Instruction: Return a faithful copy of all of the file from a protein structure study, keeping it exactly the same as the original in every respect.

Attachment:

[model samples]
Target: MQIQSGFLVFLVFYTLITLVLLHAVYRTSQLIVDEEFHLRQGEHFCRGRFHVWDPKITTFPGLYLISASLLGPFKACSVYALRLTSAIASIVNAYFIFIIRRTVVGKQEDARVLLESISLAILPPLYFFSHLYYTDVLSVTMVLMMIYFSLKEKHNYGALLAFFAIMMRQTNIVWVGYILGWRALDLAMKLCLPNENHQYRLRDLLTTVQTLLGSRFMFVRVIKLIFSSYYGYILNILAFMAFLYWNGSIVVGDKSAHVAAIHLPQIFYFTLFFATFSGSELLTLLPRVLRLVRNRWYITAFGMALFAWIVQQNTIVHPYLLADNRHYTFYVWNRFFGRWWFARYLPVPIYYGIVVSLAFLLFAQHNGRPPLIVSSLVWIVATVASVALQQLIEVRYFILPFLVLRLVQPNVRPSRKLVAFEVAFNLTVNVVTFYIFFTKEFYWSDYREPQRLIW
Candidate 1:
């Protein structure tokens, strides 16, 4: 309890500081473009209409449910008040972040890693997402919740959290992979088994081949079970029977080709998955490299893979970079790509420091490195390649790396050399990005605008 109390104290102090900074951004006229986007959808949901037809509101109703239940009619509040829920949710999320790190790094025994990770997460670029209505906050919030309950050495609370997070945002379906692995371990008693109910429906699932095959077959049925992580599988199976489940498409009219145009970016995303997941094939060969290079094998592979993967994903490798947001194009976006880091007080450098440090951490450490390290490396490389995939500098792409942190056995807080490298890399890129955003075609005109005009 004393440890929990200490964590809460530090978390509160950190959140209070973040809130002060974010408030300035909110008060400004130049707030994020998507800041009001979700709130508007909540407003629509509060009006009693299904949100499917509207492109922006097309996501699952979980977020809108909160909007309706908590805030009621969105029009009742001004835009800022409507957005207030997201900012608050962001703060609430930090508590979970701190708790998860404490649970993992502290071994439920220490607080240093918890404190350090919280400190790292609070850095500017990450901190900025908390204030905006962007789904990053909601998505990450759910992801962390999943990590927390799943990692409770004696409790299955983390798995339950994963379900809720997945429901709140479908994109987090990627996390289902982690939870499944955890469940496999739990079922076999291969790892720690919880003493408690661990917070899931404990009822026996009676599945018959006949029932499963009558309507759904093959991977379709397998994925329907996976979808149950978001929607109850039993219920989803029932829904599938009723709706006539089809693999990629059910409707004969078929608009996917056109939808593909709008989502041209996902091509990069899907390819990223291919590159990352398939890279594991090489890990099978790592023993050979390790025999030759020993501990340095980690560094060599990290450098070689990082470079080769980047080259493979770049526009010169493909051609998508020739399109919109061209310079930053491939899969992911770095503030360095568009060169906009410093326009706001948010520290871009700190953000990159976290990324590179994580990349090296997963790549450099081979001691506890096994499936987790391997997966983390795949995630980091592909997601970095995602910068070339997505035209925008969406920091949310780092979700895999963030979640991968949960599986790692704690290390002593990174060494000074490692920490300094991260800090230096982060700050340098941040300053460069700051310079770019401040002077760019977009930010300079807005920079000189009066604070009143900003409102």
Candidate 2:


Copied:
[model samples]
Target: MQIQSGFLVFLVFYTLITLVLLHAVYRTSQLIVDEEFHLRQGEHFCRGRFHVWDPKITTFPGLYLISASLLGPFKACSVYALRLTSAIASIVNAYFIFIIRRTVVGKQEDARVLLESISLAILPPLYFFSHLYYTDVLSVTMVLMMIYFSLKEKHNYGALLAFFAIMMRQTNIVWVGYILGWRALDLAMKLCLPNENHQYRLRDLLTTVQTLLGSRFMFVRVIKLIFSSYYGYILNILAFMAFLYWNGSIVVGDKSAHVAAIHLPQIFYFTLFFATFSGSELLTLLPRVLRLVRNRWYITAFGMALFAWIVQQNTIVHPYLLADNRHYTFYVWNRFFGRWWFARYLPVPIYYGIVVSLAFLLFAQHNGRPPLIVSSLVWIVATVASVALQQLIEVRYFILPFLVLRLVQPNVRPSRKLVAFEVAFNLTVNVVTFYIFFTKEFYWSDYREPQRLIW
Candidate 1:
């Protein structure tokens, strides 16, 4: 309890500081473009209409449910008040972040890693997402919740959290992979088994081949079970029977080709998955490299893979970079790509420091490195390649790396050399990005605008 109390104290102090900074951004006229986007959808949901037809509101109703239940009619509040829920949710999320790190790094025994990770997460670029209505906050919030309950050495609370997070945002379906692995371990008693109910429906699932095959077959049925992580599988199976489940498409009219145009970016995303997941094939060969290079094998592979993967994903490798947001194009976006880091007080450098440090951490450490390290490396490389995939500098792409942190056995807080490298890399890129955003075609005109005009 004393440890929990200490964590809460530090978390509160950190959140209070973040809130002060974010408030300035909110008060400004130049707030994020998507800041009001979700709130508007909540407003629509509060009006009693299904949100499917509207492109922006097309996501699952979980977020809108909160909007309706908590805030009621969105029009009742001004835009800022409507957005207030997201900012608050962001703060609430930090508590979970701190708790998860404490649970993992502290071994439920220490607080240093918890404190350090919280400190790292609070850095500017990450901190900025908390204030905006962007789904990053909601998505990450759910992801962390999943990590927390799943990692409770004696409790299955983390798995339950994963379900809720997945429901709140479908994109987090990627996390289902982690939870499944955890469940496999739990079922076999291969790892720690919880003493408690661990917070899931404990009822026996009676599945018959006949029932499963009558309507759904093959991977379709397998994925329907996976979808149950978001929607109850039993219920989803029932829904599938009723709706006539089809693999990629059910409707004969078929608009996917056109939808593909709008989502041209996902091509990069899907390819990223291919590159990352398939890279594991090489890990099978790592023993050979390790025999030759020993501990340095980690560094060599990290450098070689990082470079080769980047080259493979770049526009010169493909051609998508020739399109919109061209310079930053491939899969992911770095503030360095568009060169906009410093326009706001948010520290871009700190953000990159976290990324590179994580990349090296997963790549450099081979001691506890096994499936987790391997997966983390795949995630980091592909997601970095995602910068070339997505035209925008969406920091949310780092979700895999963030979640991968949960599986790692704690290390002593990174060494000074490692920490300094991260800090230096982060700050340098941040300053460069700051310079770019401040002077760019977009930010300079807005920079000189009066604070009143900003409102």
Candidate 2: